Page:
Rafting down the Albany River to the Ring of Fire – by Tanya Talaga (Toronto Star – June 12, 2011)

Tanya Talaga is the Queen’s Park reporter with the Toronto Star, which has the largest circulation in Canada. The paper has an enormous impact on Canada’s federal and provincial politics as well as shaping public opinion.

For an extensive list of articles on this mineral discovery, please go to: Ontario’s Ring of Fire Mineral Discovery

ALBANY RIVER, ONT.

There is a Cree legend about the insatiable appetite of big brother. Always famished, big brother demands his little brother work harder to bring him more timber, gold and fuel so he can feed his hungry belly.

Ed Metatawabin tells this story from a wooden raft as it slowly makes its way through the pummeling rain down the 1,000-kilometre-long Albany River in Ontario’s Far North.

Directly above the Albany lies the Ring of Fire — more than 5,000 square kilometres of pristine wilderness that is believed to contain a $30 billion deposit of chromite, the ore used to make stainless steel. Prospectors also say a treasure trove of platinum and diamonds lies underneath.

But the pursuit of these riches means little brother must blast, bulldoze and bigfoot through the Albany watershed, the surrounding boreal forest and the swampy peatland of the Hudson Bay lowlands.

The race to develop the ring is already furiously underway. International mining companies have staked more than 9,000 claims covering 480,000 hectares. All-weather roads, bridges and a railway line are being planned to transport the precious ore south.

A coalition of environmental groups is calling on Prime Minister Stephen Harper’s government to create a federal joint review panel — a body of experts that would closely monitor the mining — to ensure development adheres to environmental standards.

Metatawabin, dressed in hip waders and warm rain gear, his black and grey striped ponytail hanging down his back, stands on the bow of his 16-by-63-foot raft and surveys the river his people have lived off of for nearly 10,000 years.

“Cruel big brother,” Metatawabin says. “He eats and he eats and he eats.”

Will little brother finally stand up and say enough? Will he refuse to do big brother’s bidding?

Metatawabin is unsure. He worries little brother has lost his way.

The boreal forest stretches from the Manitoba border to James Bay and Quebec. The monstrously tall, old-growth cedar and spruce trees found here are referred to as the “lungs of the earth” for their ability to trap carbon gas emissions.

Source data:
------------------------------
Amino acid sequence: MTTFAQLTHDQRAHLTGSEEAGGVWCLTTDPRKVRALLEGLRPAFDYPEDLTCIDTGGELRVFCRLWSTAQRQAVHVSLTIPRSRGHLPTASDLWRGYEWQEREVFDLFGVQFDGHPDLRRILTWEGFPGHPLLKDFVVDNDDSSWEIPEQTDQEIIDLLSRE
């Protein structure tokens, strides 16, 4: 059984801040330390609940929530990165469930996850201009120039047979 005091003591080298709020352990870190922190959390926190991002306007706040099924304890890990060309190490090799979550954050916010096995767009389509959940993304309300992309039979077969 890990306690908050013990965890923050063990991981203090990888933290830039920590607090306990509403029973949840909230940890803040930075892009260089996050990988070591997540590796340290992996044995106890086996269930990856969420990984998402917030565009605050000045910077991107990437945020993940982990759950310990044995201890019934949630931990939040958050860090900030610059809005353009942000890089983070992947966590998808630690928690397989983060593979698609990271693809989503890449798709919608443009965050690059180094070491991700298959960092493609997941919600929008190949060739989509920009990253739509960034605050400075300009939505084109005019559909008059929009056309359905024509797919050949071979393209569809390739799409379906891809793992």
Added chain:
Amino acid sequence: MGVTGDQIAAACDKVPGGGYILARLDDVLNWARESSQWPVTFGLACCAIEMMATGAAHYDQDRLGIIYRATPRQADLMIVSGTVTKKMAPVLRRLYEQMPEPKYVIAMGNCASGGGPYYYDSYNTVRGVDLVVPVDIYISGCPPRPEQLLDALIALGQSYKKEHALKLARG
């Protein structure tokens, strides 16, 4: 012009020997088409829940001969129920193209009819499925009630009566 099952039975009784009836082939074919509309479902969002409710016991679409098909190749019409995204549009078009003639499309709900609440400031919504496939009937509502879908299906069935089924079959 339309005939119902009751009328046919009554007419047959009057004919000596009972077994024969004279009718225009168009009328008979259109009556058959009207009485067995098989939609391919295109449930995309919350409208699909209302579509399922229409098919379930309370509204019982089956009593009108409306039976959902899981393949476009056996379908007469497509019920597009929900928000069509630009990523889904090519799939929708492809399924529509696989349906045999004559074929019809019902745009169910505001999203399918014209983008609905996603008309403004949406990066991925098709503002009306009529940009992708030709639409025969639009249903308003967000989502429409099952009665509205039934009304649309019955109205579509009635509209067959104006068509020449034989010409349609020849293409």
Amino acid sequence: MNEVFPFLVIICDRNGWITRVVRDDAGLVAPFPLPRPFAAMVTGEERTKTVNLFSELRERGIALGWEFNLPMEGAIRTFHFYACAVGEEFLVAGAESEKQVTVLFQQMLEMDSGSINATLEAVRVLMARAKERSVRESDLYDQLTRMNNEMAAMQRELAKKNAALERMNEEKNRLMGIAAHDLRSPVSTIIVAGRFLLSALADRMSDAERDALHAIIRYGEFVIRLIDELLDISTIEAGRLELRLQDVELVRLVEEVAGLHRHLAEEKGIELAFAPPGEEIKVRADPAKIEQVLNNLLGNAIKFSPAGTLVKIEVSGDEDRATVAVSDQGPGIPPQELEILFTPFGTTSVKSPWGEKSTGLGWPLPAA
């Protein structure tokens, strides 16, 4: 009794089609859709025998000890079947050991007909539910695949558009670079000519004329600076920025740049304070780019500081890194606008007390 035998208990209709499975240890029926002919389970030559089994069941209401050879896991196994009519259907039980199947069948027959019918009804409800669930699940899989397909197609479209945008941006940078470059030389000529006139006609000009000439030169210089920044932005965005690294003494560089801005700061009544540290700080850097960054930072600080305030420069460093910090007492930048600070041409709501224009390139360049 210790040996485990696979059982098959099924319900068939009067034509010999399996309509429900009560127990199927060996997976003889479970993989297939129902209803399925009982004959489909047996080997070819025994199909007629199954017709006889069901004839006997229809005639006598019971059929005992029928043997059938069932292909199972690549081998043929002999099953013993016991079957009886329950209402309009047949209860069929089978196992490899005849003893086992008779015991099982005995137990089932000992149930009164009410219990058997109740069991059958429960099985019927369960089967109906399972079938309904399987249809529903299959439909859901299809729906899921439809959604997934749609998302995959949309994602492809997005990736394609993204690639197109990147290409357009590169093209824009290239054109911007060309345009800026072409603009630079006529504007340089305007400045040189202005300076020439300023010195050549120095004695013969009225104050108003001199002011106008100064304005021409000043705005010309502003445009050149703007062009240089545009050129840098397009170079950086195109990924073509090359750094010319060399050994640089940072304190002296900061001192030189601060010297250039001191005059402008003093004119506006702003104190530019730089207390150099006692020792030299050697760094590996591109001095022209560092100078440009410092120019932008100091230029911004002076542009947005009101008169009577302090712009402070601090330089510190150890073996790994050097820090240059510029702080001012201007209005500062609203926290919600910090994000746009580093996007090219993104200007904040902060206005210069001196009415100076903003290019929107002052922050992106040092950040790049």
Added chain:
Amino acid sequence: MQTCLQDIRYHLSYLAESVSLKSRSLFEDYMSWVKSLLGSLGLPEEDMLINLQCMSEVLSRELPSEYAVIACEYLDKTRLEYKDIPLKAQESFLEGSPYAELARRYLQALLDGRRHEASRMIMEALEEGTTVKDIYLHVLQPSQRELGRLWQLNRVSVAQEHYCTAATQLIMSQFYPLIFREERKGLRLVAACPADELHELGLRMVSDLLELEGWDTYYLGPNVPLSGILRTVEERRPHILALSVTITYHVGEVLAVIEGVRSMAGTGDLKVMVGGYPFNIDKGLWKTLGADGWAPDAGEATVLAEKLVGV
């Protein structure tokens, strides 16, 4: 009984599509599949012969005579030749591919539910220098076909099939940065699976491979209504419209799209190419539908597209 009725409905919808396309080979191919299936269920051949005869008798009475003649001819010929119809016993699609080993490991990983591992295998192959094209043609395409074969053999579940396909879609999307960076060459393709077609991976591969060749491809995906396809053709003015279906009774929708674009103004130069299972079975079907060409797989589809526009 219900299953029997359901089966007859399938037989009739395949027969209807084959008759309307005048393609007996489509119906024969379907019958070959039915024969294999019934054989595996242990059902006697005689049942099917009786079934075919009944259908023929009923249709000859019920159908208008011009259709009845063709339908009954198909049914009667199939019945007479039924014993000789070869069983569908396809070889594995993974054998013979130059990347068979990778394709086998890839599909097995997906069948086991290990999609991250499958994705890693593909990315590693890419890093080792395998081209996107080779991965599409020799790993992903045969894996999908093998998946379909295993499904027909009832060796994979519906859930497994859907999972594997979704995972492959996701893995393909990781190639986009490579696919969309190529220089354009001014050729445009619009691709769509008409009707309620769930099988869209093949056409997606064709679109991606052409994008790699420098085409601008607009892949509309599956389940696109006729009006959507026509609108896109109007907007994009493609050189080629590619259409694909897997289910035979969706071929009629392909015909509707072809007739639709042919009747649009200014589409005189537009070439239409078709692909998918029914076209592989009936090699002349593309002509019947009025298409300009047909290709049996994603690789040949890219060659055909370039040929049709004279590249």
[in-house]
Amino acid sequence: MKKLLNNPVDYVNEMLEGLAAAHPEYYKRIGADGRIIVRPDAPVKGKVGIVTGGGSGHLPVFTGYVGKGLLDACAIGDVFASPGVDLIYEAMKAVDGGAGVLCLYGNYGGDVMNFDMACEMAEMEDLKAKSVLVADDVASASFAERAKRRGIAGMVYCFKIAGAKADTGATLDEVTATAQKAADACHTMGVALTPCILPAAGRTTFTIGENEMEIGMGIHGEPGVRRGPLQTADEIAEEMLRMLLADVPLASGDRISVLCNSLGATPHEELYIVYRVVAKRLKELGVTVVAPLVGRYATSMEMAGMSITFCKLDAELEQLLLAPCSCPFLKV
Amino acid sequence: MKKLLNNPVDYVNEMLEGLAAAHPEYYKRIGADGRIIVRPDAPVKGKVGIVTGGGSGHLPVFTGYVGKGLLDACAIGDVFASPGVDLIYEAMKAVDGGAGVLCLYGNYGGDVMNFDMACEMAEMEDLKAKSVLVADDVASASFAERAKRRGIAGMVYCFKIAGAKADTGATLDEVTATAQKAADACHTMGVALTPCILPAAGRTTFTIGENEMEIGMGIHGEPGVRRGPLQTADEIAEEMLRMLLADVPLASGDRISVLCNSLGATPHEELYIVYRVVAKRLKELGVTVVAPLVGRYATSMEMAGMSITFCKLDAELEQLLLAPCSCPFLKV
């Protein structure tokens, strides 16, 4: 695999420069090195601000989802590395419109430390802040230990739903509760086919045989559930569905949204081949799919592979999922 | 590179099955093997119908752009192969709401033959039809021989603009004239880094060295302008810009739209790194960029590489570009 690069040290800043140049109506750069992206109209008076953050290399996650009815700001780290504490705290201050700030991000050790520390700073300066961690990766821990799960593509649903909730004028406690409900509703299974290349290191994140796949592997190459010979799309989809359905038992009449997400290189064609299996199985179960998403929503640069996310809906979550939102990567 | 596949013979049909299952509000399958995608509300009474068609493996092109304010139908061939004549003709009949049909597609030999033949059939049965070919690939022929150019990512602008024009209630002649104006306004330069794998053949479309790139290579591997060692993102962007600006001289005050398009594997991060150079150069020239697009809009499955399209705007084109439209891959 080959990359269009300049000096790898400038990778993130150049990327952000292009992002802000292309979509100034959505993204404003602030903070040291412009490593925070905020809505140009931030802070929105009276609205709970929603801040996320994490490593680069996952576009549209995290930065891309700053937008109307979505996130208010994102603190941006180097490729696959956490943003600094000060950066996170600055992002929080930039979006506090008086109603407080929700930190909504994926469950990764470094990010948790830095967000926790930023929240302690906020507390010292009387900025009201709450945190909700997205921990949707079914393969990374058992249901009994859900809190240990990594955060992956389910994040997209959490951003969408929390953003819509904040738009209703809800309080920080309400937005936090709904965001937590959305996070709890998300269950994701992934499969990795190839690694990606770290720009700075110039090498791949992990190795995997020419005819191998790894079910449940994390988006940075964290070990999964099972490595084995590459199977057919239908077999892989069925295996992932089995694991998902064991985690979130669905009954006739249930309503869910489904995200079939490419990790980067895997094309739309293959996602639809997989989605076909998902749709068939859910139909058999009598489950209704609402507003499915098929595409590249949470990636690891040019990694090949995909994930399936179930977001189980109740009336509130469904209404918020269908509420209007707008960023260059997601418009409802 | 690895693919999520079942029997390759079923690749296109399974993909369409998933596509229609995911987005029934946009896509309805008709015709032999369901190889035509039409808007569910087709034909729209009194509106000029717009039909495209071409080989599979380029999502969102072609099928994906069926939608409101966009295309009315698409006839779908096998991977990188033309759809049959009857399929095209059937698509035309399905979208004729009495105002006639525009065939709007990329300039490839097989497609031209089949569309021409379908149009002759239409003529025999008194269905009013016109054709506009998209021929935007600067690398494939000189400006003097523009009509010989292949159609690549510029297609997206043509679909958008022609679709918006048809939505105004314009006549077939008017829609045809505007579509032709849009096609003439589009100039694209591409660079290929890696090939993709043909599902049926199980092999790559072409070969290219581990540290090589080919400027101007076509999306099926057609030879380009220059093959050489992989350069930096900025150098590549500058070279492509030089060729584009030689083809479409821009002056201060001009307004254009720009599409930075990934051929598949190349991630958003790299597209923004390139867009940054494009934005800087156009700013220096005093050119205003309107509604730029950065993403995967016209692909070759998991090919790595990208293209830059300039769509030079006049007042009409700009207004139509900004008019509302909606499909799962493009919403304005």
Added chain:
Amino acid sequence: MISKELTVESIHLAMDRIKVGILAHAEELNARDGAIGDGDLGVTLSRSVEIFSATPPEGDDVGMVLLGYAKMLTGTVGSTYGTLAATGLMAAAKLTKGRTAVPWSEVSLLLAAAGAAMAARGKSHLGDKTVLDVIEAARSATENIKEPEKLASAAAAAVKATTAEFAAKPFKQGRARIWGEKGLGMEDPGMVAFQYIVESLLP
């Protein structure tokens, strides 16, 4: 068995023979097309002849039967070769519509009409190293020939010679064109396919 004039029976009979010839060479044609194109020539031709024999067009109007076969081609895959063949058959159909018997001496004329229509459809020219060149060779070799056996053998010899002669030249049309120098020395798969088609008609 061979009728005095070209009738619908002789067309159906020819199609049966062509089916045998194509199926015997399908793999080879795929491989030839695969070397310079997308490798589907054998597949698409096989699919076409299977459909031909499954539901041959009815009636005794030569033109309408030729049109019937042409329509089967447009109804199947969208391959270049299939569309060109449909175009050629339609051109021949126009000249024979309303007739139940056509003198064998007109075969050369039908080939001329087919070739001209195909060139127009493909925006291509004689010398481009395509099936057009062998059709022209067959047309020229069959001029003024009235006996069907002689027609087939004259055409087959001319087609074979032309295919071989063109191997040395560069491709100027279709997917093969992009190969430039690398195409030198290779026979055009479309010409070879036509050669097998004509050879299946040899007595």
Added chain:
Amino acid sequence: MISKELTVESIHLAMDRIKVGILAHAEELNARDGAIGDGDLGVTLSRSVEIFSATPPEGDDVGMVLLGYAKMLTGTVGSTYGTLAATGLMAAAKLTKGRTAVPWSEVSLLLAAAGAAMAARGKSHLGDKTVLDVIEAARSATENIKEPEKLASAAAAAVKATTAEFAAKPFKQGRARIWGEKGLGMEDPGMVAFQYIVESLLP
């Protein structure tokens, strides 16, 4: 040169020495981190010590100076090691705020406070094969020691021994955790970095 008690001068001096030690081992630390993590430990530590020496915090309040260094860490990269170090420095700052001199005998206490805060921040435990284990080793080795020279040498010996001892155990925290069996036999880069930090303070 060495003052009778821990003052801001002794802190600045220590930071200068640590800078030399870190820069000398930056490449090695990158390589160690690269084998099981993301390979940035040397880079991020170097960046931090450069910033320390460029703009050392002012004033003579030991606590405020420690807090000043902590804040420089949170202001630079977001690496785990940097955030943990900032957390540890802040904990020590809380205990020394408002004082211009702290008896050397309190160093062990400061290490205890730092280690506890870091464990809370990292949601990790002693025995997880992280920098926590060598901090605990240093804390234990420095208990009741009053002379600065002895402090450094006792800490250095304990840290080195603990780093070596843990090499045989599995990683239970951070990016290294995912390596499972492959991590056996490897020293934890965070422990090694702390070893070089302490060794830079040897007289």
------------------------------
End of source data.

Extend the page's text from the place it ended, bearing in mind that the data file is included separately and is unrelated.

The mighty Albany River system cuts like a ribbon through the forest, separating the resource-rich north from the ever-growing south. The Albany begins in the west at Cat Lake, then meanders through the Hudson’s Bay Lowlands before emptying into James Bay.

There are no permanent roads or towns here. Cell phones don’t work. The only way in or out is by canoe, small boat or bush plane. It is one of the world’s last intact and undisturbed forests.

And in the middle is the Ring of Fire.

Its chromite deposit is believed to be the biggest in North America — so big that boosters say it could be mined for a century.

In the year since Premier Dalton McGuinty made the Ring the touchstone of his throne speech, the Liberals have established a co-ordinator, Christine Kaszycki, to guide the players — prospectors, international mining firms, federal and provincial governments, northern mayors and First Nations — competing in an area of Ontario that now feels like the Wild West. Everybody wants a piece of the Ring.

It’s now up to the federal and provincial governments to rule on the development proposals.

Last year, the Liberals introduced controversial Bill 191, the Far North Act, which promises to include First Nations communities in land use plans and sets aside 225,000 square kilometres of the North from development. It’s expected the Ring of Fire will not be part of that.

Still, Progressive Conservative Leader Tim Hudak says if his party is elected on Oct. 6, he’d scrap the act. “I just have a very different view than Dalton McGuinty, who wants to turn Northern Ontario into one giant museum. He wants to freeze it in time. Our focus would be on job creation and investment instead.”